A few weeks into marriage, I was looking over the Otago Peninsula with my husband and some students from the campus ministry. We walked from the parking area to a scenic spot and were about to ascend the hill. I felt my entire body and mind screaming in pain. It had taken most of my energy and strength to walk to the picnic table, and I was trying to hide my weakness. I’d been in denial up to that point. As they started on the track, I faked a smile and said that I’d stay behind to enjoy the view. In reality, I was in so much pain that I knew I wouldn’t be able to stand or walk, much less uphill for 30 minutes. I watched them walk away, full of joy and excitement. Tears of anger and hopelessness started welling up within me. It was finally sinking in that this pain that hadn’t left me for over a year might be a lifelong companion. I might never know what it felt like to have a “normal” body ever again.
I’ve been living with Fibromyalgia for over seven years now. The Mayo Clinic describes it as “a disorder characterised by widespread musculoskeletal pain accompanied by fatigue, sleep, memory and mood issues. Researchers believe Fibromyalgia amplifies painful sensations by affecting the way your brain and spinal cord process painful and non-painful signals.” It sounds clear-cut, but in reality, how it affects me is very unpredictable and debilitating. The only predictable element is that every day there will be pain.
It took over two years to receive a diagnosis, and while the research from medical professionals showed this would be a lifelong struggle, I was relieved because I had thought I was close to death! I struggled to sleep most nights because the pain would keep me awake. When I finally fell asleep from exhaustion, I’d wake up screaming from the pain caused by any movement. I felt vindicated after the diagnosis; I could finally put a name to what I had. The things that were happening in my body were “normal” to the disorder.
The diagnosis also meant that I could start looking into treatment. So far there is no cure, so treatment means reducing the severity of the symptoms in order to improve my quality of life. Painkillers don’t offer me much relief so I stay off them as much as I can, but I keep stronger ones for emergencies. I’m on a low-dose antidepressant which alleviates some of the nerve pain, and has helped with my fatigue and mood.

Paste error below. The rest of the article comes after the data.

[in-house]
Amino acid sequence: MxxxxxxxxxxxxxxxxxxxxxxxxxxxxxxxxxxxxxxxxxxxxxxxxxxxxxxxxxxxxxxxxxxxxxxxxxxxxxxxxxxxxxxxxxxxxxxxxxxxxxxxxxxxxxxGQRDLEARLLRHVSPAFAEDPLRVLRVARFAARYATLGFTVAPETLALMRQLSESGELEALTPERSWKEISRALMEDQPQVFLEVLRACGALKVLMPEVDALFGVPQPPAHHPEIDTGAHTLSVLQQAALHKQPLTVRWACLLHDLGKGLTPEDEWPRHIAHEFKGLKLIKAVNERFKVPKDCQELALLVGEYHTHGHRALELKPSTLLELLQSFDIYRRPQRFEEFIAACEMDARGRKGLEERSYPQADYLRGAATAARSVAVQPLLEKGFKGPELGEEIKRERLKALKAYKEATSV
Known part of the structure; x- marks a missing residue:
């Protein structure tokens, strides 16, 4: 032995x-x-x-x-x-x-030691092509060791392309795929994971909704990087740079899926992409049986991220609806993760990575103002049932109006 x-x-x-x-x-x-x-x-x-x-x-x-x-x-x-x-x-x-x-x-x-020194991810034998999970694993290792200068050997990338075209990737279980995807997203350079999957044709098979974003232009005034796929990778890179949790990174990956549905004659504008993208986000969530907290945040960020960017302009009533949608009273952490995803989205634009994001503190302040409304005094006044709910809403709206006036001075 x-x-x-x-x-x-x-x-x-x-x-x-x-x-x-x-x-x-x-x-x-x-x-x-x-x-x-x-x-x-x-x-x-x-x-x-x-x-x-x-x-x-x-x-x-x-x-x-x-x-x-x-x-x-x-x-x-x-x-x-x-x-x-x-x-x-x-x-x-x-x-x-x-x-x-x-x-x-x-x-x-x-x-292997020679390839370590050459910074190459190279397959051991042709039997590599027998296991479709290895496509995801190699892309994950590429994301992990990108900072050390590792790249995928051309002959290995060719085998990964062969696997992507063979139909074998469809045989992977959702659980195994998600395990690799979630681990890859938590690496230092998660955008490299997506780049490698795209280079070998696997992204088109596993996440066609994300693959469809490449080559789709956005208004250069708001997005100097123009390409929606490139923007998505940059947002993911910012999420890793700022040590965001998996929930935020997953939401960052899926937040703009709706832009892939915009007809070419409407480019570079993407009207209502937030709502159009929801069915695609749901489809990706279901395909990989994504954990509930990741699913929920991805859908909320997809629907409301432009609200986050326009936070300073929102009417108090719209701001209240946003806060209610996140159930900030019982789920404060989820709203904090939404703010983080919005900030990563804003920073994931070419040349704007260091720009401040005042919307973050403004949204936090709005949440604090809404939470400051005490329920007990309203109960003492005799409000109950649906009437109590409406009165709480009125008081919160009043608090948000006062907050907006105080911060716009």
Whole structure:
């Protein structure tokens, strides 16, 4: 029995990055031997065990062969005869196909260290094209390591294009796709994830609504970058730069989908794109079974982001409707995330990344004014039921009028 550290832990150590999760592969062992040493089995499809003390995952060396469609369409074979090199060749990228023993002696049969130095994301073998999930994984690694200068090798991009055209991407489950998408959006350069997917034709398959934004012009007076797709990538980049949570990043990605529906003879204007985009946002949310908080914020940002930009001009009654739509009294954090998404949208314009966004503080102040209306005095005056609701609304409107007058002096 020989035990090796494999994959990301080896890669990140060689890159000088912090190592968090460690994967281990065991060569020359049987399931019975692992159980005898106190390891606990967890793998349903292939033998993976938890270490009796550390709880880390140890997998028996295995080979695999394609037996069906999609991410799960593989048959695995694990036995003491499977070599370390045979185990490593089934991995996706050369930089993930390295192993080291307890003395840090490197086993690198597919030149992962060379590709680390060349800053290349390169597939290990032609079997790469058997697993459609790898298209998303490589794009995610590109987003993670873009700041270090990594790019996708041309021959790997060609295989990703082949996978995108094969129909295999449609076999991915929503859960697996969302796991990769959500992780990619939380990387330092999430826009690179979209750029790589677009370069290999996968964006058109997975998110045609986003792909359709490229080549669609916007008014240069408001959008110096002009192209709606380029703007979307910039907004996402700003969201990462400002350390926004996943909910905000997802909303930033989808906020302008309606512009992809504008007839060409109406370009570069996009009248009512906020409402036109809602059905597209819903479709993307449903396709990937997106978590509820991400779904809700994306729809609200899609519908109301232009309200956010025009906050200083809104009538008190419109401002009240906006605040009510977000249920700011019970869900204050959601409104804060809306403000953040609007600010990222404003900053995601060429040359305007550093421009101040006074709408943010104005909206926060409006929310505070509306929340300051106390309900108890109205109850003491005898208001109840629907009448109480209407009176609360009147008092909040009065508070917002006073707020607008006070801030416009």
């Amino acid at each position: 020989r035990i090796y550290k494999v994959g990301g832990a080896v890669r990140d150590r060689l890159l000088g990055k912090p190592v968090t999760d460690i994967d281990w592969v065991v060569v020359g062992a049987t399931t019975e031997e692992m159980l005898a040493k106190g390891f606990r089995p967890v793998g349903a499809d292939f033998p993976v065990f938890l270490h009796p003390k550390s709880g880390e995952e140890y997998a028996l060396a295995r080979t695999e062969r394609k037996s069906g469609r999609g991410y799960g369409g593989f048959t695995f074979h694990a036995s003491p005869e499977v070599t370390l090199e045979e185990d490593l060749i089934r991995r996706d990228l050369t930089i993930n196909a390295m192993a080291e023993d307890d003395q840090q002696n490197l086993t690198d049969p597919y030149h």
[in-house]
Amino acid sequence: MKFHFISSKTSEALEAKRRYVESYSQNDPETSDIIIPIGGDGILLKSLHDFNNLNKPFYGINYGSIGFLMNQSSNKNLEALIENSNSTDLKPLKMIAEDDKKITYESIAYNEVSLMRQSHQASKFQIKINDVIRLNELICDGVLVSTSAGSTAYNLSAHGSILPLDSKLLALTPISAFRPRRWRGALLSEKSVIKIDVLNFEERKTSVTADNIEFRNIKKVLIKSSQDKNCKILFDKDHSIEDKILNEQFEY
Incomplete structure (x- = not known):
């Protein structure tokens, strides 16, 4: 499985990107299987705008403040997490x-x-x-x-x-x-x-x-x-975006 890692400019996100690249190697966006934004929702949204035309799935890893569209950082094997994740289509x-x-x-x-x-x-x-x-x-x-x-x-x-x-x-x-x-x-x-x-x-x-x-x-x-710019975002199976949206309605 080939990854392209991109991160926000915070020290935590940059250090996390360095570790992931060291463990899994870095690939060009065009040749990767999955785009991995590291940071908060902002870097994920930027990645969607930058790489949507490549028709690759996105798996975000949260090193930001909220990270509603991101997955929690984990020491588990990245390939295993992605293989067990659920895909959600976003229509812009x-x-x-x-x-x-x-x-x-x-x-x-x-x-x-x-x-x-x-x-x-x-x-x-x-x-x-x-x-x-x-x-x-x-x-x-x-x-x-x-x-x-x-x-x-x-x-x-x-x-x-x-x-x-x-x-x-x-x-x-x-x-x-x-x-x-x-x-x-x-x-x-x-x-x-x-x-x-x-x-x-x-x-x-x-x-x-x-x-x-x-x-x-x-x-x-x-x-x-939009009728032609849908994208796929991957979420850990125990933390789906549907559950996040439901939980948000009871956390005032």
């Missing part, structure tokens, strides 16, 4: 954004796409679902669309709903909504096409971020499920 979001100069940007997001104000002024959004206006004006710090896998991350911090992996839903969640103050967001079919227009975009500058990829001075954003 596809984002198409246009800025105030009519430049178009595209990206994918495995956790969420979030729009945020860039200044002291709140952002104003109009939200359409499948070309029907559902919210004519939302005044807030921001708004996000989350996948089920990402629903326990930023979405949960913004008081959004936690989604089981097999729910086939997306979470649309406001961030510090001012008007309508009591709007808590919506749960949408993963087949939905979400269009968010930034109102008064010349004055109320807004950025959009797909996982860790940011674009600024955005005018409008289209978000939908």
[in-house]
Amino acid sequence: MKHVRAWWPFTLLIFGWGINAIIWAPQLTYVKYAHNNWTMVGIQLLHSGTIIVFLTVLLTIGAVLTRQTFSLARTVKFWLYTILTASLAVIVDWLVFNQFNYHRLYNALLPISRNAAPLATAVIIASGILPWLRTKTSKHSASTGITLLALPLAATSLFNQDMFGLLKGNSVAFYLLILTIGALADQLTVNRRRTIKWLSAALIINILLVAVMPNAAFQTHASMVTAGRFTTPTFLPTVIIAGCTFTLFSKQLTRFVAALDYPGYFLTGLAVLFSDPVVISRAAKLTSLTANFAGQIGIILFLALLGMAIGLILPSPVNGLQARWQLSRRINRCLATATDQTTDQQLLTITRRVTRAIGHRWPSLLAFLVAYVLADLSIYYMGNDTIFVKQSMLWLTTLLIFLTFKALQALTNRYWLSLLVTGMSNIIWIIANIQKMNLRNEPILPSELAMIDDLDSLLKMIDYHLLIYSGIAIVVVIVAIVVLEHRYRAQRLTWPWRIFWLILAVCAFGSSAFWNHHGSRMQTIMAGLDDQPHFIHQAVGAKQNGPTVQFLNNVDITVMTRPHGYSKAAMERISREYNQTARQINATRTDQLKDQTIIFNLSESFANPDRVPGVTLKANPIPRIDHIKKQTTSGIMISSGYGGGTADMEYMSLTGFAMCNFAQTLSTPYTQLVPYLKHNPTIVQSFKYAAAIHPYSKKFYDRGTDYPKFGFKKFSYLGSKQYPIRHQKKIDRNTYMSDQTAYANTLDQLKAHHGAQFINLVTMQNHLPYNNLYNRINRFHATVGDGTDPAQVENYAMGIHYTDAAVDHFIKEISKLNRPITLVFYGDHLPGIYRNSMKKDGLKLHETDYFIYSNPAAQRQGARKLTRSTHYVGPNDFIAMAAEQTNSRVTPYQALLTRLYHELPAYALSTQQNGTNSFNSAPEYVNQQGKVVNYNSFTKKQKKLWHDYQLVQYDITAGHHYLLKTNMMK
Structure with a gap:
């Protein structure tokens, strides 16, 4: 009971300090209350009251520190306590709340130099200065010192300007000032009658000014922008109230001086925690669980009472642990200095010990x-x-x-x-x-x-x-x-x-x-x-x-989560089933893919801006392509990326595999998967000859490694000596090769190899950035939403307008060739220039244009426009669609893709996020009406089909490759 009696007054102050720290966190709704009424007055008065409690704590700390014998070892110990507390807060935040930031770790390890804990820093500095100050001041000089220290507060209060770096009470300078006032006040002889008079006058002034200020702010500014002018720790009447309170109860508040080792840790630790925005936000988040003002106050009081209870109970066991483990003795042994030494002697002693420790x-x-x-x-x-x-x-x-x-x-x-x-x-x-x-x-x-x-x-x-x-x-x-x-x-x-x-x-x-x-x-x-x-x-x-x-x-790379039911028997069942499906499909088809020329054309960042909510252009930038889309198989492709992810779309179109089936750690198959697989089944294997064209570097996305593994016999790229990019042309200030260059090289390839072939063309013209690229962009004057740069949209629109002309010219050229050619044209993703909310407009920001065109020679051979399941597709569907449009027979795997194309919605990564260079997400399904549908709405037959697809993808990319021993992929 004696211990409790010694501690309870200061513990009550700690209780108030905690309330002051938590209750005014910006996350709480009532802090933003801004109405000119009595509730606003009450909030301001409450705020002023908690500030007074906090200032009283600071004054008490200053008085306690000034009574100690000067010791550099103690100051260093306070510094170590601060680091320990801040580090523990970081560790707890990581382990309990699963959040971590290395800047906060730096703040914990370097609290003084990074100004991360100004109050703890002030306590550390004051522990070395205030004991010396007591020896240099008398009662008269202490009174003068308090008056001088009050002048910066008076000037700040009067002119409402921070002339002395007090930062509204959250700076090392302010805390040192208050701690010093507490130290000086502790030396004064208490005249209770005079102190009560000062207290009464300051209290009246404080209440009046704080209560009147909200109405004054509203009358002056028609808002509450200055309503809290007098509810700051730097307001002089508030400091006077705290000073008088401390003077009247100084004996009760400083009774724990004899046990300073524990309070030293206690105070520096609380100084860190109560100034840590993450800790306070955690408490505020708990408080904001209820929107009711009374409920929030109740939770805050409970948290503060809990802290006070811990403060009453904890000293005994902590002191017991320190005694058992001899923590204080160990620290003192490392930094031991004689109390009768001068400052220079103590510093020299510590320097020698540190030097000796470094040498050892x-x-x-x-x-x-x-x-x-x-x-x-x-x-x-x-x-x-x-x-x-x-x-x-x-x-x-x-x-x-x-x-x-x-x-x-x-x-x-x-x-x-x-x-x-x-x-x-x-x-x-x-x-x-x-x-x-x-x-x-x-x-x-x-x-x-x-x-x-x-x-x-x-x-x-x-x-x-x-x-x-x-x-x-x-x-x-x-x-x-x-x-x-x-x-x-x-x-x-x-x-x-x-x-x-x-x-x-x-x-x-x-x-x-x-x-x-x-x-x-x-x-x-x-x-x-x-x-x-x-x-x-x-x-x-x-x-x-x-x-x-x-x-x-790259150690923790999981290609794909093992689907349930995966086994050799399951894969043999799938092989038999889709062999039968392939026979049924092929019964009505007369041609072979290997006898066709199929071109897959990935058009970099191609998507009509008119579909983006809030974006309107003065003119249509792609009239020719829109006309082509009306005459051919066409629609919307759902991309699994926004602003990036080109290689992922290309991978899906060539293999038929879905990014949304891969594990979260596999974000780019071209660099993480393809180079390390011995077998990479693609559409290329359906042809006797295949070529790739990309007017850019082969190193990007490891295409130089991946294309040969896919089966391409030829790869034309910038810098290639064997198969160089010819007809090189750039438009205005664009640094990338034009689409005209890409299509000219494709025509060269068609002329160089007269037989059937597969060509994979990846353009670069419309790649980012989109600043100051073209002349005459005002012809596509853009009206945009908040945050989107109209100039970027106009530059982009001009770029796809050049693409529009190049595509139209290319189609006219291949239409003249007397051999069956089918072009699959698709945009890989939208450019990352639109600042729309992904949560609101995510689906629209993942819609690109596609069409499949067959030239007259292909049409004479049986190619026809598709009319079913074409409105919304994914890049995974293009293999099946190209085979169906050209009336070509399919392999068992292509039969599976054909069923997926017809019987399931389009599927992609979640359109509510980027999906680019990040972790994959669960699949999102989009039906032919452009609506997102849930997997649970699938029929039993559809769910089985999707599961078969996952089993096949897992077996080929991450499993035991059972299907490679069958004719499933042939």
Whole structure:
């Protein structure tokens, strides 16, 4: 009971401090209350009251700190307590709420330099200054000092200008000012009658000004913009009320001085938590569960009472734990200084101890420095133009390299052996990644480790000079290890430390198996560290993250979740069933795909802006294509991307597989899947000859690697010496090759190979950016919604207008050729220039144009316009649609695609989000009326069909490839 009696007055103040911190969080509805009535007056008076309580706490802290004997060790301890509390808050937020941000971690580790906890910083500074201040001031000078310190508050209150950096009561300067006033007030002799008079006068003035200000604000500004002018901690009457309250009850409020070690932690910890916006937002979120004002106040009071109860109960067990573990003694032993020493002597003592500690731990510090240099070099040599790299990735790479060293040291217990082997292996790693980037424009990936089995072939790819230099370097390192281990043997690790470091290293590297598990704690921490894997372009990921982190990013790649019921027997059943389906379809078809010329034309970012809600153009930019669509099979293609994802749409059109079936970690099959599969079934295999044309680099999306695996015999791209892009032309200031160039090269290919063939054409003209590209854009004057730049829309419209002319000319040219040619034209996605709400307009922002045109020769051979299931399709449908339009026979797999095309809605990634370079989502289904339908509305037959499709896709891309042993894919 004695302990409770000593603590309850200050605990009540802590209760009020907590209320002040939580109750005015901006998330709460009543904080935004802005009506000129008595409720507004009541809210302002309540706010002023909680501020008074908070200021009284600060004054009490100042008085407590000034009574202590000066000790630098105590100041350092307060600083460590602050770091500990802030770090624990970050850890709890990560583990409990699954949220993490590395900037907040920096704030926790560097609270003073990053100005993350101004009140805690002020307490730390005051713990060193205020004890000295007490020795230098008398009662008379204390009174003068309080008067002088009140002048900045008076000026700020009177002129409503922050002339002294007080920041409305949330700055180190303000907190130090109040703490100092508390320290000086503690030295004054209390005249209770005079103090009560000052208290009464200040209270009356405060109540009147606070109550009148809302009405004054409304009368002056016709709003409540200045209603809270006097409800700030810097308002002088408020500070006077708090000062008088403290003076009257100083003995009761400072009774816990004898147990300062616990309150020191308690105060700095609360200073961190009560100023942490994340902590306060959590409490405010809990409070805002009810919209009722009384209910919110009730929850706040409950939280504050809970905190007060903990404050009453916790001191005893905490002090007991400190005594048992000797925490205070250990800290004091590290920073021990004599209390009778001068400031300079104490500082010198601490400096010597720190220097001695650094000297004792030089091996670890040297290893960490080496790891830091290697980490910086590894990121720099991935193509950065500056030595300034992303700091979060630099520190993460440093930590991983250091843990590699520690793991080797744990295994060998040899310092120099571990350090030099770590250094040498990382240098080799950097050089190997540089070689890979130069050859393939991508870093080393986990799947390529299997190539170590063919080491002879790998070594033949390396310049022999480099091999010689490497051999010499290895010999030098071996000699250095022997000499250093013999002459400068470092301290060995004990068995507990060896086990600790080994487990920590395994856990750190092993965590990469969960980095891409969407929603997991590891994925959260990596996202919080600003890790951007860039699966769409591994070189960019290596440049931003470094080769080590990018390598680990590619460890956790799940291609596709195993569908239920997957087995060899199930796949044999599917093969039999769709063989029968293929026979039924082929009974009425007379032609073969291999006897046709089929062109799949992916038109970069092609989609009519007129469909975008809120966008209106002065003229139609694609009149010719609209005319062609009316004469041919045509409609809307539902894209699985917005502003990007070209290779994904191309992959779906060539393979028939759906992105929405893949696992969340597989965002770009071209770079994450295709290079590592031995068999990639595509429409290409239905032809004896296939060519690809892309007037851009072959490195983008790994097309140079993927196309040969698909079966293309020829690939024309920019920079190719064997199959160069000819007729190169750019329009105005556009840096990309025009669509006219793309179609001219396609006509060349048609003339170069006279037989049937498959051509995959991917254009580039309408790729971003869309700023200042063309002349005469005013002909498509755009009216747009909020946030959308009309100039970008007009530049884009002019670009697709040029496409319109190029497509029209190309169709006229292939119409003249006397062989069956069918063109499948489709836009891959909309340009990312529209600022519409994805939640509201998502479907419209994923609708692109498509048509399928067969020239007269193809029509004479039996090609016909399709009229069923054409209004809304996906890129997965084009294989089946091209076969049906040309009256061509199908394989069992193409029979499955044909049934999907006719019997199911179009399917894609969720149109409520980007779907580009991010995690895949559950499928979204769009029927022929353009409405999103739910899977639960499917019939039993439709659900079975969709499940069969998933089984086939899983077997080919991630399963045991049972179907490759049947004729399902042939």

I’ve been through all the stages of grief as I’ve processed the idea of this suffering being lifelong. I’m no longer the person I used to be; my body can’t do what I used to consider normal things. My heart’s desire was to serve the body of Christ with my whole life. So when I had to consider that I could potentially be bed-bound for the rest of my days, unable to freely do all the things that brought me joy, I felt a huge sense of loss. I really wrestled with my self-worth and what it meant to now be perpetually needy. I grieved the death of the person I used to be, and her capability. I had to rest in what couldn’t be taken away from me. Even if I never served again and was totally dependent on outside help, I was made in God’s image, with inherent worth. Through this, I’ve been deeply struck by God’s love for me. A love that is eternal, gracious, and unchanging. It means I can rest in my identity as a child of God, fully known and fully loved.
Still, it’s a constant fight to set my mind on heavenly things instead of earthly things. Envy can still be a big temptation for me, especially being around others my age. On the outside, I look the same, but I know most of them don’t have to think about whether they can trust their own bodies to do basic things like walking, or even standing up! I’ve had to fight the temptation to resent God for “making me this way”, and wrestle with the question, “How does this bring glory to my Maker?”